transforming xhtml to html (resolving namespace dependencies)

Discussion in 'XML' started by Andy, Jan 30, 2011.

  1. Andy

    Andy Guest

    Hi,

    I am using Apache xalan to transform xhtml files to html files.

    My xslt stylesheet is:

    <?xml version="1.0" encoding="UTF-8"?>
    <xsl:stylesheet version="1.0" xmlns:xsl="http://www.w3.org/1999/XSL/
    Transform">
    <xsl:eek:utput method="html" encoding="UTF-8"/>
    <xsl:template match="/"><xsl:copy-of select="/"/></xsl:template>
    </xsl:stylesheet>

    Seems to work. For example, I had an xhtml file which had entities
    defined in DOCTYPE and those were resolved successfully.

    However, I'm more concerned with another document:

    Its an xhtml file and begins with:

    <html xmlns:v="urn:schemas-microsoft-com:vml" xmlns:eek:="urn:schemas-
    microsoft-com:eek:ffice:eek:ffice" xmlns:w="urn:schemas-microsoft-
    com:eek:ffice:word" xmlns:m="http://schemas.microsoft.com/office/2004/12/
    omml" xmlns:xlink="http://www.w3.org/1999/xlink" xmlns="http://
    www.w3.org/1999/xhtml"><head><meta http-equiv="Content-Type"
    content="text/html; charset=utf-8"/>

    My concern is that xalan resolve all dependencies in such an xhtml
    file on the schemas referenced in the html tag.

    Will it???

    The xalan output to html began with:

    <html xmlns="http://www.w3.org/1999/xhtml" xmlns:m="http://
    schemas.microsoft.com/office/2004/12/omml" xmlns:eek:="urn:schemas-
    microsoft-com:eek:ffice:eek:ffice" xmlns:v="urn:schemas-microsoft-com:vml"
    xmlns:w="urn:schemas-microsoft-com:eek:ffice:word" xmlns:xlink="http://
    www.w3.org/1999/xlink">

    So I'm obviously concerned that the dependencies are still there!

    If its ok, can I strip all those xmlns attributes in the <html> tag?

    Or maybe I need a much better xslt stylesheet.

    Thanks,
    Andy
    Andy, Jan 30, 2011
    #1
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  2. Sun, 30 Jan 2011 15:30:44 -0800 (PST), /Andy/:

    > Its an xhtml file and begins with:
    >
    > <html xmlns:v="urn:schemas-microsoft-com:vml" xmlns:eek:="urn:schemas-
    > microsoft-com:eek:ffice:eek:ffice" xmlns:w="urn:schemas-microsoft-
    > com:eek:ffice:word" xmlns:m="http://schemas.microsoft.com/office/2004/12/
    > omml" xmlns:xlink="http://www.w3.org/1999/xlink" xmlns="http://
    > www.w3.org/1999/xhtml"><head><meta http-equiv="Content-Type"
    > content="text/html; charset=utf-8"/>


    It is not XHTML, it's an MS Office output for HTML which happens to
    be some sort of XML.

    > My concern is that xalan resolve all dependencies in such an xhtml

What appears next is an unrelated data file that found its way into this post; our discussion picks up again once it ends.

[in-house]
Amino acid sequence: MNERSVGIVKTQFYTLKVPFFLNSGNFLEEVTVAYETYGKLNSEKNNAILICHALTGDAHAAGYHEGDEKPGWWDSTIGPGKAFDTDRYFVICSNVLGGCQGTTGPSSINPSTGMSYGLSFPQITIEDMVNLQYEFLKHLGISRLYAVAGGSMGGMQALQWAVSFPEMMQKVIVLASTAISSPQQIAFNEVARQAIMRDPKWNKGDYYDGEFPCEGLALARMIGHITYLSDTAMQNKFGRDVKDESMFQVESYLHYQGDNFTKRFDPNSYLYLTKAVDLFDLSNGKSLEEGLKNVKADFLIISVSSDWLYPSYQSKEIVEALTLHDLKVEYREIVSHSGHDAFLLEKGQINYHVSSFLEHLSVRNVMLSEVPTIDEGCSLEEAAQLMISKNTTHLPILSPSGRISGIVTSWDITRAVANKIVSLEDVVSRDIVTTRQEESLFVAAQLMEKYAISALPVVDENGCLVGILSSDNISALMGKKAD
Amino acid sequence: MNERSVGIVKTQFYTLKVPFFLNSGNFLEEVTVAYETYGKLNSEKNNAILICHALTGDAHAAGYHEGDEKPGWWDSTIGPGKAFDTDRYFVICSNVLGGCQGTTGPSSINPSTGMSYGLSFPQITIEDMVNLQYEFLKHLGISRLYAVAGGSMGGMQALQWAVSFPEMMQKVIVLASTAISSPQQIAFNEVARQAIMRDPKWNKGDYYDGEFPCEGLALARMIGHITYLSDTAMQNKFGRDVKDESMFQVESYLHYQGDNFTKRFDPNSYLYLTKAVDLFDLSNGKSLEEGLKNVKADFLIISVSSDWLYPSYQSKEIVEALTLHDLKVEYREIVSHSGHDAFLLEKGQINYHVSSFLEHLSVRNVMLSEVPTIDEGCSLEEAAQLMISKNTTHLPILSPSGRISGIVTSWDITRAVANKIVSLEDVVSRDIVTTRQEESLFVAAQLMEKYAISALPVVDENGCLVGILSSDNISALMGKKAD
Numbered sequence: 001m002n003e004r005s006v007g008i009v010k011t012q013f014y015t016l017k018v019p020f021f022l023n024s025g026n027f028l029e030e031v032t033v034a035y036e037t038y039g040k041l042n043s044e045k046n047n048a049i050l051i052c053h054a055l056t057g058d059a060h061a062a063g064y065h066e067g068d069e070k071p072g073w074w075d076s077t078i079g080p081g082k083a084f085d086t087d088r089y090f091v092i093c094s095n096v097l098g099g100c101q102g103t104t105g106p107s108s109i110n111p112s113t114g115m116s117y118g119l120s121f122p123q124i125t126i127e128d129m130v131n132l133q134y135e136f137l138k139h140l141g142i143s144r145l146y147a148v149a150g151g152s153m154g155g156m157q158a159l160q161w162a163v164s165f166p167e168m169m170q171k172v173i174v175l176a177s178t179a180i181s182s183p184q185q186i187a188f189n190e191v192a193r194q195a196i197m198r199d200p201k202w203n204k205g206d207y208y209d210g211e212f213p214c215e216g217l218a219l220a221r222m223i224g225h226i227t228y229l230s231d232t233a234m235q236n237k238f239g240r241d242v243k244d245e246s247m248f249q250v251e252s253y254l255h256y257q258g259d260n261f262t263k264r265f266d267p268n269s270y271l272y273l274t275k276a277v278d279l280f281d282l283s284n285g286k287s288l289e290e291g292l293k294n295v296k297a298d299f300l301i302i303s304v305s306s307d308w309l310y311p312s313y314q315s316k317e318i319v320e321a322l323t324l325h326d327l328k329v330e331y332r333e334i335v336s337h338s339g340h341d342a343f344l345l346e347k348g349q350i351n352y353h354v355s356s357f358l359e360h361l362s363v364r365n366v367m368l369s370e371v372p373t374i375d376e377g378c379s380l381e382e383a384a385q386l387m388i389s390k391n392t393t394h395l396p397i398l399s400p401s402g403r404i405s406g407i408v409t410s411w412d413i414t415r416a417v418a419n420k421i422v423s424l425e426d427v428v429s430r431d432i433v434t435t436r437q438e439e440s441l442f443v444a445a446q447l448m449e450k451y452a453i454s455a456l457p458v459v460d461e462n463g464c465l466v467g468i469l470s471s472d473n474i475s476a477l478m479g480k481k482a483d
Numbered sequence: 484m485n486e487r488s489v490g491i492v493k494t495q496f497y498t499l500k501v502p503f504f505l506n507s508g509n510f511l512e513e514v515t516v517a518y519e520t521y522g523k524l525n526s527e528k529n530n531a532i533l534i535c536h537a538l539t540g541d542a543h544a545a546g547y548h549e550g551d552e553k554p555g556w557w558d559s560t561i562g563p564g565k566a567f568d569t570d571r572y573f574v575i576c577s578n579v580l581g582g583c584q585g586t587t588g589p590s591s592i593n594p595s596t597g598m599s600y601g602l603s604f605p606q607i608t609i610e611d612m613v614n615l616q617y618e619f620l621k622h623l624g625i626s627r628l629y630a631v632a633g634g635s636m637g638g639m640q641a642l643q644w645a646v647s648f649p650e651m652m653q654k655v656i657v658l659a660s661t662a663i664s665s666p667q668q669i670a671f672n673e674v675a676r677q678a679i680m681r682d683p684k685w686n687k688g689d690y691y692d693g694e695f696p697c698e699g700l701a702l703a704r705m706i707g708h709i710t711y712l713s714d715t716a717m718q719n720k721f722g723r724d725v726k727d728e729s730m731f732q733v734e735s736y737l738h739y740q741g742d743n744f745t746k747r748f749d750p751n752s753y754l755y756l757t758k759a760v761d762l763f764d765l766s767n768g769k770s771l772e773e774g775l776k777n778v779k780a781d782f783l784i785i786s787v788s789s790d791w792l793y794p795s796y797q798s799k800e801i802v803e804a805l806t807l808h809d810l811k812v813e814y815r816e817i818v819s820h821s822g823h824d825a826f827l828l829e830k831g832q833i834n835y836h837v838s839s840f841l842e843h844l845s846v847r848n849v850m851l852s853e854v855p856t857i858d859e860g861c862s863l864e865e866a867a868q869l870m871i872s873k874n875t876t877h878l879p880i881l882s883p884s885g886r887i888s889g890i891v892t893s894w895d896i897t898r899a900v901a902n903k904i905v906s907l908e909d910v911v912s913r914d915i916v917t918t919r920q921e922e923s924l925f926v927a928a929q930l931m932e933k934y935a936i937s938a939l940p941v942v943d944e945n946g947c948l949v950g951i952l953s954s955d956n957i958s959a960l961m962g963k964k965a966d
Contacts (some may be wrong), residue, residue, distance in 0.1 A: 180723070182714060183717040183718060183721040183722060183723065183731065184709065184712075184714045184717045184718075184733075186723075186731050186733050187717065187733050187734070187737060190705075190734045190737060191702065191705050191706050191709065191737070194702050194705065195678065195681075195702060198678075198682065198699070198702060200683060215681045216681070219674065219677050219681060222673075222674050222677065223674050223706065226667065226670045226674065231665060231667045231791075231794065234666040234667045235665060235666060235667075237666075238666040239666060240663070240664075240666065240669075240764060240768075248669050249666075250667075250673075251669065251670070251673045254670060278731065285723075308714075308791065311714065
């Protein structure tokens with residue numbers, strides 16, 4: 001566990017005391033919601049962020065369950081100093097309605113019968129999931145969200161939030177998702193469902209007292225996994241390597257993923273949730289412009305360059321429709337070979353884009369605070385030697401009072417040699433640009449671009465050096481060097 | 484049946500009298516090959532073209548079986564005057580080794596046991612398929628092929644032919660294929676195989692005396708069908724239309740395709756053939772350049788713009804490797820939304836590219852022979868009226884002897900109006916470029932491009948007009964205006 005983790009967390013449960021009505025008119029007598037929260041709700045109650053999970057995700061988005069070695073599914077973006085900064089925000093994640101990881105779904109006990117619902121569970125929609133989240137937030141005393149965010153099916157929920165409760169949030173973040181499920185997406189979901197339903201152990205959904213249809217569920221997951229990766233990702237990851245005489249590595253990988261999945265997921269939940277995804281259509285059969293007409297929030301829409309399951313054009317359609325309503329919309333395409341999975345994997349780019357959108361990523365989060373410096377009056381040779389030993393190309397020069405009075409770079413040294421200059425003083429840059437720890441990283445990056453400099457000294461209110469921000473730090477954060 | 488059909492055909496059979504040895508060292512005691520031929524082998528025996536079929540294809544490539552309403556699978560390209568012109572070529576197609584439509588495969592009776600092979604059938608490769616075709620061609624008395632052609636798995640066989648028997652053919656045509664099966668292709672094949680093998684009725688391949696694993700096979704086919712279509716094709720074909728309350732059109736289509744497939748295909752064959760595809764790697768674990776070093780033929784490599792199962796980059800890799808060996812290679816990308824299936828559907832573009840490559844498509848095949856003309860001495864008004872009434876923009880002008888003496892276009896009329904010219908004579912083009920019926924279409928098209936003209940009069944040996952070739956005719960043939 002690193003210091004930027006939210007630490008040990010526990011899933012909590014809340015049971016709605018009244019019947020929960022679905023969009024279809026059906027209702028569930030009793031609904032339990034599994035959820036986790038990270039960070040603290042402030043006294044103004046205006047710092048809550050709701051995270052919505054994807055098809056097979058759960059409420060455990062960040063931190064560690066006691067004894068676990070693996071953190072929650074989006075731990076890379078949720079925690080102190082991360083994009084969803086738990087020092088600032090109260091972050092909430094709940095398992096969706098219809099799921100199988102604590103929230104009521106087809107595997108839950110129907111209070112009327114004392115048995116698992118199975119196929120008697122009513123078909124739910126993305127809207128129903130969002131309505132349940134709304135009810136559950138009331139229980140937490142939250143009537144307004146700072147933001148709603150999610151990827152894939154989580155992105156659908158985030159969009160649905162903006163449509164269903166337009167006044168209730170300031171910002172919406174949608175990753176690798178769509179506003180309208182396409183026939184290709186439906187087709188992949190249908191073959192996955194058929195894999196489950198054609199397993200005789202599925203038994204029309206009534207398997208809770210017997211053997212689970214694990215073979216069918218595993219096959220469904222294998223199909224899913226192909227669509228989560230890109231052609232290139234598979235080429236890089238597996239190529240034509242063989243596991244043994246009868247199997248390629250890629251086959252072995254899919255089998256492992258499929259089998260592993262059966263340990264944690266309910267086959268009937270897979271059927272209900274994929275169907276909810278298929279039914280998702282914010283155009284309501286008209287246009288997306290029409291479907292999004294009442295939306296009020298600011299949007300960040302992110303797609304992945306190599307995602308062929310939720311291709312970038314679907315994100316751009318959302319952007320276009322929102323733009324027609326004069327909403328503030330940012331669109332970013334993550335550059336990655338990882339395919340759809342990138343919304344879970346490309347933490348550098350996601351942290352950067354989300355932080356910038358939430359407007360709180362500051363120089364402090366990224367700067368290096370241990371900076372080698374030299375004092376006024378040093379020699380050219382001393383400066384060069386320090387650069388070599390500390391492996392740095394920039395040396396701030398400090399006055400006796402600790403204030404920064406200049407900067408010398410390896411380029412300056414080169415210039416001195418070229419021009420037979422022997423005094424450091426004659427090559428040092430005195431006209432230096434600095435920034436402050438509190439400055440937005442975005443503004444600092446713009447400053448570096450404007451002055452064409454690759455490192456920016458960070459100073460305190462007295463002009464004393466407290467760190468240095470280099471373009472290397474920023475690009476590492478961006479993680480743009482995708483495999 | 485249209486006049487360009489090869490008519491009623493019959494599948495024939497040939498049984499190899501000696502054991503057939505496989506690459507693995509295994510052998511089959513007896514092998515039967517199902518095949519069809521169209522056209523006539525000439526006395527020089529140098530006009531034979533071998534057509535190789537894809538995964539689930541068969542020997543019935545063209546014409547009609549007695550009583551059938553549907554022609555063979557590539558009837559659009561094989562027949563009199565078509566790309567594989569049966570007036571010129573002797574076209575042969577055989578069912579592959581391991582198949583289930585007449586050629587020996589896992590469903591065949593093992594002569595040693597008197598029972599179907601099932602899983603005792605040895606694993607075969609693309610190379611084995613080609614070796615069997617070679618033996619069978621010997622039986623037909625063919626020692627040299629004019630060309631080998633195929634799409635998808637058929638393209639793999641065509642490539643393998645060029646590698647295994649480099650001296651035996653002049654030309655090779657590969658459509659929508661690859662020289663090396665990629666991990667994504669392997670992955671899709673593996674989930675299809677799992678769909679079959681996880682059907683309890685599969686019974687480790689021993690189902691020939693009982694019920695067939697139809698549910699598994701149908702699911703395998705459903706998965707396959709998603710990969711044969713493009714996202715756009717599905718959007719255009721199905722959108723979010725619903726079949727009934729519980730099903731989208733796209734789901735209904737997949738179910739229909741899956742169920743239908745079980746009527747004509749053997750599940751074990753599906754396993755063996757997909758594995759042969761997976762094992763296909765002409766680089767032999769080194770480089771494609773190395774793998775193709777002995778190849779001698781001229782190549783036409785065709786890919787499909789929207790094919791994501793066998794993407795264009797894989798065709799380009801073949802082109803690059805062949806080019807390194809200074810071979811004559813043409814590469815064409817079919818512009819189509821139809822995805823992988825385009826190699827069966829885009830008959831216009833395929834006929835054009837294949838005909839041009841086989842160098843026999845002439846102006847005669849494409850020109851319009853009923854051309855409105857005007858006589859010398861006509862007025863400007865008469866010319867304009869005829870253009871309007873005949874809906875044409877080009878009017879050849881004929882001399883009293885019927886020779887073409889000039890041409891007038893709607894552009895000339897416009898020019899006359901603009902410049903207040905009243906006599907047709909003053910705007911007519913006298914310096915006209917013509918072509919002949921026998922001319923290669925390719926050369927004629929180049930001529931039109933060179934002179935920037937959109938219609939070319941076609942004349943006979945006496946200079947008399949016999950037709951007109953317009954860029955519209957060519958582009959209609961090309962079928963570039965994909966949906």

> file on the schemas referenced in the html tag.
    >
    > Will it???


    I don't see any direct schema references, but I don't think you need
    any in this case.

    > The xalan output to html began with:
    >
    > <html xmlns="http://www.w3.org/1999/xhtml" xmlns:m="http://
    > schemas.microsoft.com/office/2004/12/omml" xmlns:eek:="urn:schemas-
    > microsoft-com:eek:ffice:eek:ffice" xmlns:v="urn:schemas-microsoft-com:vml"
    > xmlns:w="urn:schemas-microsoft-com:eek:ffice:word" xmlns:xlink="http://
    > www.w3.org/1999/xlink">
    >
    > So I'm obviously concerned that the dependencies are still there!
    >
    > If its ok, can I strip all those xmlns attributes in the <html> tag?


    Yes, if you want to output pure HTML you need to strip those
    namespace declaration attributes off. See the
    'exclude-result-prefixes' attribute [1][2].

    > Or maybe I need a much better xslt stylesheet.


    I guess you would need to include templates for converting elements
    like <o:p> into HTML ones - <p>. The crap which MS Office output
    for HTML is enormous. I can't give you all the rules you need for
    converting such a file to a clean HTML. You may also look at HTML
    Tidy [3].

    [1] http://www.w3.org/TR/xslt#stylesheet-element
    [2] http://www.w3.org/TR/xslt#literal-result-element
    [3] http://tidy.sourceforge.net/

    --
    Stanimir
    Stanimir Stamenkov, Jan 31, 2011
    #2
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  3. Stanimir Stamenkov wrote:
    > Sun, 30 Jan 2011 15:30:44 -0800 (PST), /Andy/:


    >> The xalan output to html began with:
    >>
    >> <html xmlns="http://www.w3.org/1999/xhtml" xmlns:m="http://
    >> schemas.microsoft.com/office/2004/12/omml" xmlns:eek:="urn:schemas-
    >> microsoft-com:eek:ffice:eek:ffice" xmlns:v="urn:schemas-microsoft-com:vml"
    >> xmlns:w="urn:schemas-microsoft-com:eek:ffice:word" xmlns:xlink="http://
    >> www.w3.org/1999/xlink">
    >>
    >> So I'm obviously concerned that the dependencies are still there!
    >>
    >> If its ok, can I strip all those xmlns attributes in the <html> tag?

    >
    > Yes, if you want to output pure HTML you need to strip those namespace
    > declaration attributes off. See the 'exclude-result-prefixes' attribute
    > [1][2].


    exclude-result-prefixes does not help if namespaces are copied from an
    input node, as was done in the posted stylesheet by using